A commentary from WALKONOMICS on some of the hazards of walking in African Cities and efforts to improve the conditions sing BRT systems, which in South Africa are aimed more at reducing mini-bus taxi’s and car traffic than improving on the conditions for walkers
by Kaid Benfieldon Sustainable Cities Collective: How the “West” lives is long way from us here in the South – and yet we aspire to achieve walkability – but for different reason here – most people don’t have cars and yet our aging city infrastructures are designed for cars, Public urban transport is mainly by mini-bus and the urban poor are stuck out in peri-urban ghettos – with this in mind the advocates of global tourism still spend on structures and infrastructures designed to retain the privileged few.Issues such as this are tops in the current run up for local miunicipal elections in South Africa – interesting times. Still it is instructive to see which American cities are judged to be walker friendly”
After evaluating applicant communities in several categories related to walking – including safety, mobility, access and comfort – the Pedestrian and Bicycle Information Center last week announced the selection of eleven Walk Friendly Communities across the US. They are ranked in categories of achievement, as follows: Continue reading
Here is an excellent article from treehugger by Lloyd Alter, Toronto that really gives the low down data on why compact city living is the most sustainable with excellent references to information backing up the postulate.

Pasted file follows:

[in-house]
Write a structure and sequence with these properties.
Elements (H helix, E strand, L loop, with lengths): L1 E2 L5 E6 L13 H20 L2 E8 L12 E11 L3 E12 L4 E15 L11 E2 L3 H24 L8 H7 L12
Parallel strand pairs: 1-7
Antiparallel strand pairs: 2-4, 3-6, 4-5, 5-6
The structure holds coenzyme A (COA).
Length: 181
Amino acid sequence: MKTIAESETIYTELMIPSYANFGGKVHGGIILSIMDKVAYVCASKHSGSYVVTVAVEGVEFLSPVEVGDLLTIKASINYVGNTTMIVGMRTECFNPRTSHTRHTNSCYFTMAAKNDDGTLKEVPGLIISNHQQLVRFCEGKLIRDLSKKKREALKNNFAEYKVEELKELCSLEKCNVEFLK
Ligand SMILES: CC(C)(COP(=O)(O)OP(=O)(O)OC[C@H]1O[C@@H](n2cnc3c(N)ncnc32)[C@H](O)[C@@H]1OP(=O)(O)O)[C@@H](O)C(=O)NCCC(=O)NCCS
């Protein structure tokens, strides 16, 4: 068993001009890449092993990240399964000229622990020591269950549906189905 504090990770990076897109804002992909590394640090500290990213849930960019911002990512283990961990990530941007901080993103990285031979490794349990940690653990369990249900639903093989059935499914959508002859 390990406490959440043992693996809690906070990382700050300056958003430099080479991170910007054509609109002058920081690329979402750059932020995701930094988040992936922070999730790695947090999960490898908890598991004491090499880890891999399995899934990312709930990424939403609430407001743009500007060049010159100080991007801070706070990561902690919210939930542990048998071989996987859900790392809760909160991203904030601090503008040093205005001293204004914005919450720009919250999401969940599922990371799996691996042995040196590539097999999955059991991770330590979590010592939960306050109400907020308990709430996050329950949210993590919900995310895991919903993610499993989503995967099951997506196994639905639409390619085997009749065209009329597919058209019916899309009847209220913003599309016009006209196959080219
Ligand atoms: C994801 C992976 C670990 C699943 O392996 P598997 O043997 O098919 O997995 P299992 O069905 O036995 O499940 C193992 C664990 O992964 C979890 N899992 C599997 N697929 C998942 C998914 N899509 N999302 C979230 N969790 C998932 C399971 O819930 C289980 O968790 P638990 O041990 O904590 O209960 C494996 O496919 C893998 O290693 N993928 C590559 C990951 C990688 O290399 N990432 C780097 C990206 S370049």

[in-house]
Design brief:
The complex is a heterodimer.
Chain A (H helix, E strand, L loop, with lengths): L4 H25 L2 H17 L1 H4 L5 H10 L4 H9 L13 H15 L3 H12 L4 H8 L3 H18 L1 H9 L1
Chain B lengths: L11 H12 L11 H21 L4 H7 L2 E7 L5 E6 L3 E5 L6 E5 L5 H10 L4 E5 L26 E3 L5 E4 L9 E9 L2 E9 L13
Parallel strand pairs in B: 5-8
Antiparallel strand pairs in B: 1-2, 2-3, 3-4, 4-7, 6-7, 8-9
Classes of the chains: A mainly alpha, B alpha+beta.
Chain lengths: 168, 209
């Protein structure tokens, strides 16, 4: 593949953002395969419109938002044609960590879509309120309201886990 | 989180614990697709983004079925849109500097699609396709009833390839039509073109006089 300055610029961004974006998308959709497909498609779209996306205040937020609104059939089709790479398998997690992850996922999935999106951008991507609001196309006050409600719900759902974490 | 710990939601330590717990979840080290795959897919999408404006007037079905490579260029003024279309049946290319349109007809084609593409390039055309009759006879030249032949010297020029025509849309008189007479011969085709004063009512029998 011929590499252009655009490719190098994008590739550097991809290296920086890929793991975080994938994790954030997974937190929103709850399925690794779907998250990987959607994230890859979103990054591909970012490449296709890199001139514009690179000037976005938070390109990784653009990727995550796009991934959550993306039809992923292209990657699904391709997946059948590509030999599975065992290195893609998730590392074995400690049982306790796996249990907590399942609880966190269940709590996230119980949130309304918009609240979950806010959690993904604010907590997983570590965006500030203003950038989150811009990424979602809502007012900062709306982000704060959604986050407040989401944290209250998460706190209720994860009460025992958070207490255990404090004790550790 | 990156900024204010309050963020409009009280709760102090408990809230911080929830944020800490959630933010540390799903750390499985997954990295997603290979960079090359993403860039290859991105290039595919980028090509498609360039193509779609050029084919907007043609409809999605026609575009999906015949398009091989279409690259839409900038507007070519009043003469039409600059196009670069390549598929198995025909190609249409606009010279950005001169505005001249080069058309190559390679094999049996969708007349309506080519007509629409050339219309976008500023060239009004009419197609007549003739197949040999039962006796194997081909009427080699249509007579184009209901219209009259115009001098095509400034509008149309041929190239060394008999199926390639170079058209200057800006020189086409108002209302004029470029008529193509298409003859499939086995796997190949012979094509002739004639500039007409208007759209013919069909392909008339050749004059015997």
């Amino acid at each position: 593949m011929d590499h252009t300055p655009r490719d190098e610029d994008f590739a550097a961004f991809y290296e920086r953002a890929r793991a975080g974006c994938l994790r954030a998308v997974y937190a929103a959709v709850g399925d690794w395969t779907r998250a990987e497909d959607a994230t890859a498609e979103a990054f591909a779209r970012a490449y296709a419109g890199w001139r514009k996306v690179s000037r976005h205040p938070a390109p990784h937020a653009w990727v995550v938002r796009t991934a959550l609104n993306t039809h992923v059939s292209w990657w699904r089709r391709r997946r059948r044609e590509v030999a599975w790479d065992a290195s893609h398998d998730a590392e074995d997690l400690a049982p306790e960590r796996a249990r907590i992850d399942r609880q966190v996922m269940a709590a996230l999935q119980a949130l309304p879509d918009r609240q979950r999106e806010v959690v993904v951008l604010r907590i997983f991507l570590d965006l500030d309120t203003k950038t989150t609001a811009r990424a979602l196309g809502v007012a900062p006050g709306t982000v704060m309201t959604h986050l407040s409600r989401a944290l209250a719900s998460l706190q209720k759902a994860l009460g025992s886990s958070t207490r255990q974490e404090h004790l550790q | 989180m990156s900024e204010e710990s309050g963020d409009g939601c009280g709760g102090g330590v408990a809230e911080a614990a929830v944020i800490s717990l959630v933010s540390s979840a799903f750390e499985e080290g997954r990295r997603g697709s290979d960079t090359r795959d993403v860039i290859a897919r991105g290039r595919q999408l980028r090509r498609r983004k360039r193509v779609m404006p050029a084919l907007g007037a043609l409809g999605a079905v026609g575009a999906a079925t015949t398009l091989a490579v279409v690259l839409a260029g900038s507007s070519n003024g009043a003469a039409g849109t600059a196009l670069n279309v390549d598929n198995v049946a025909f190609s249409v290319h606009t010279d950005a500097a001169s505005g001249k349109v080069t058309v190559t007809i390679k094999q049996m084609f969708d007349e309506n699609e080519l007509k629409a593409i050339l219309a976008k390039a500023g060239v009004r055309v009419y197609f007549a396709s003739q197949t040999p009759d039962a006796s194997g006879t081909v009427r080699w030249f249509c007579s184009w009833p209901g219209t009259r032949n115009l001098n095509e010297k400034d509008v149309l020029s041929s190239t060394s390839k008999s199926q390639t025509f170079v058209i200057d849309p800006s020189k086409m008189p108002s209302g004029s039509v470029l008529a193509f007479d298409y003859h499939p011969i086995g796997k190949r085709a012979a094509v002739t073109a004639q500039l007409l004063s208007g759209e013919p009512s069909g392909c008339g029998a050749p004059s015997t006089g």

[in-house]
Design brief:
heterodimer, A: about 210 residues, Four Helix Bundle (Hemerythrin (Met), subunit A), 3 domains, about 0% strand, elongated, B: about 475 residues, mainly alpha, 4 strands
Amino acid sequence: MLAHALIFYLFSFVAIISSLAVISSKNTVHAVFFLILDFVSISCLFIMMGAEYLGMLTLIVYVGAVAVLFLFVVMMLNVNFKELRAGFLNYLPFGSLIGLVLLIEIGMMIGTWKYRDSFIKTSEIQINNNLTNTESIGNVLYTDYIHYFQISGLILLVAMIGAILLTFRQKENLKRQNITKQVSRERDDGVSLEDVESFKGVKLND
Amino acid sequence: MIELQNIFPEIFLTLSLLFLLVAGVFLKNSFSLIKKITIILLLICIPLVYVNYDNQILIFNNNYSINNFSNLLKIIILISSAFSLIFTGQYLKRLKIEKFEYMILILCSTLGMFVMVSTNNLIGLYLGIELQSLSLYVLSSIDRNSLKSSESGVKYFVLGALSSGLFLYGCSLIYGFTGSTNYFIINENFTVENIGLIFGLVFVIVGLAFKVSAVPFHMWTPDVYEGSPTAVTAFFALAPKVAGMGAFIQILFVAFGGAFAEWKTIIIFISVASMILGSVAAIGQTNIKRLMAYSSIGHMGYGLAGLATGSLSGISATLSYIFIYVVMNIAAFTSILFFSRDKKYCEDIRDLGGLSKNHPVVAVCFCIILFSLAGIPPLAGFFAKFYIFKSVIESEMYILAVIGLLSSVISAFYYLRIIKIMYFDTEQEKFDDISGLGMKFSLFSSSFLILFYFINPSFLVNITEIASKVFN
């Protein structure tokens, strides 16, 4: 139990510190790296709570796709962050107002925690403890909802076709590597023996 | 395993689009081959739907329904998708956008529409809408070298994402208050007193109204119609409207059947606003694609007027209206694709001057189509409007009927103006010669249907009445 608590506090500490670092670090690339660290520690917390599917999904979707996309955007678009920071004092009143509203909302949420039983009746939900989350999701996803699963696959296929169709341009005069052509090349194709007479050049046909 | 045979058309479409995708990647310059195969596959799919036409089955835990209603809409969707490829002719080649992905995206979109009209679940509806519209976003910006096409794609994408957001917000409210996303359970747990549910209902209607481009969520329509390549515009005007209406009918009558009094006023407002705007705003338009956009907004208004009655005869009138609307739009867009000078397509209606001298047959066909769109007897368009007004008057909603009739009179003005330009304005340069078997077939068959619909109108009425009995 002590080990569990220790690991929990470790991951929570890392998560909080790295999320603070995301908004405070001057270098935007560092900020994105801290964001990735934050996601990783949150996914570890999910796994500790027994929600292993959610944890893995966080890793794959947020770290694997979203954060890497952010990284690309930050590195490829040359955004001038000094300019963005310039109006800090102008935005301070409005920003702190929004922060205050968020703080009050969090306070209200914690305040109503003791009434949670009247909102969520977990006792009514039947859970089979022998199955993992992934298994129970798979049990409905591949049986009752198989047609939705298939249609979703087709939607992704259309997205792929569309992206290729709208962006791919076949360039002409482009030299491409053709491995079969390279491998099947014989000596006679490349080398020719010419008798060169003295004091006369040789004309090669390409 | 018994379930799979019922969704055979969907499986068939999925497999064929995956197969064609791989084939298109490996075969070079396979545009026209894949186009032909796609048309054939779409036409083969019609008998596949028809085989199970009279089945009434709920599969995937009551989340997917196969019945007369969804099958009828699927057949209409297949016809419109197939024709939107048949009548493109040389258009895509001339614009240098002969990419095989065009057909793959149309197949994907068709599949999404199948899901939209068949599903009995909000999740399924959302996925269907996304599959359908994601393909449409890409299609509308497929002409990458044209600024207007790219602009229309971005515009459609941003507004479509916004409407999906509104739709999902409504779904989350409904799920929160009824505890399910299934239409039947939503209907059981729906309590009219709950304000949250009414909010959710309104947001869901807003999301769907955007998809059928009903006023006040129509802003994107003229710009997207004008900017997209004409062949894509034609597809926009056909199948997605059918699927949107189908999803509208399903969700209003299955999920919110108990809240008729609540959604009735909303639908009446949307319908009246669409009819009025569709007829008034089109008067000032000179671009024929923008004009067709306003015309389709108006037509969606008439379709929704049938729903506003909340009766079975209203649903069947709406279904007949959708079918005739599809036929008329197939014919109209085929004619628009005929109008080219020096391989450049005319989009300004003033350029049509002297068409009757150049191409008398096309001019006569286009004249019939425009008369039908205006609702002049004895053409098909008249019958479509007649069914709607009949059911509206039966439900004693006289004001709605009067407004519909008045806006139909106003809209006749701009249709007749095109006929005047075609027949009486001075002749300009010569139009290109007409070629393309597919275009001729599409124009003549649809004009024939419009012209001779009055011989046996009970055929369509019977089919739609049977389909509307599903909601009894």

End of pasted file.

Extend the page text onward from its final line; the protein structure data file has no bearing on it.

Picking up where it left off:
The one downside we all know is that the policies of most cities don’t reward compact living, especially in South African cities, lack of safe reliable public transport is a problem which BRT systems are (slowly) trying to address – developers are stepping into the breach though and building inner city lofts and reviving the CBD of the cities with urban regeneration projects.
‘After lecturing on “deep green design”, (I am adjunct Professor at Ryerson School of Interior Design) Passivhaus and the fancy gizmo technologies of green building, one of my students said “but not everyone can afford this! How are normal working people going to live?”
A couple of years ago, that would have been a difficult question to answer. But lately, the answer had become a lot clearer: We don’t all have to drive LEAFS and Volts and live in Passivhauses. In fact, it might even be counterproductive. Now, more and more tools and studies are making it very clear that just like in real estate, when it comes to energy consumption and climate change, the three most important things to consider are location, location and location.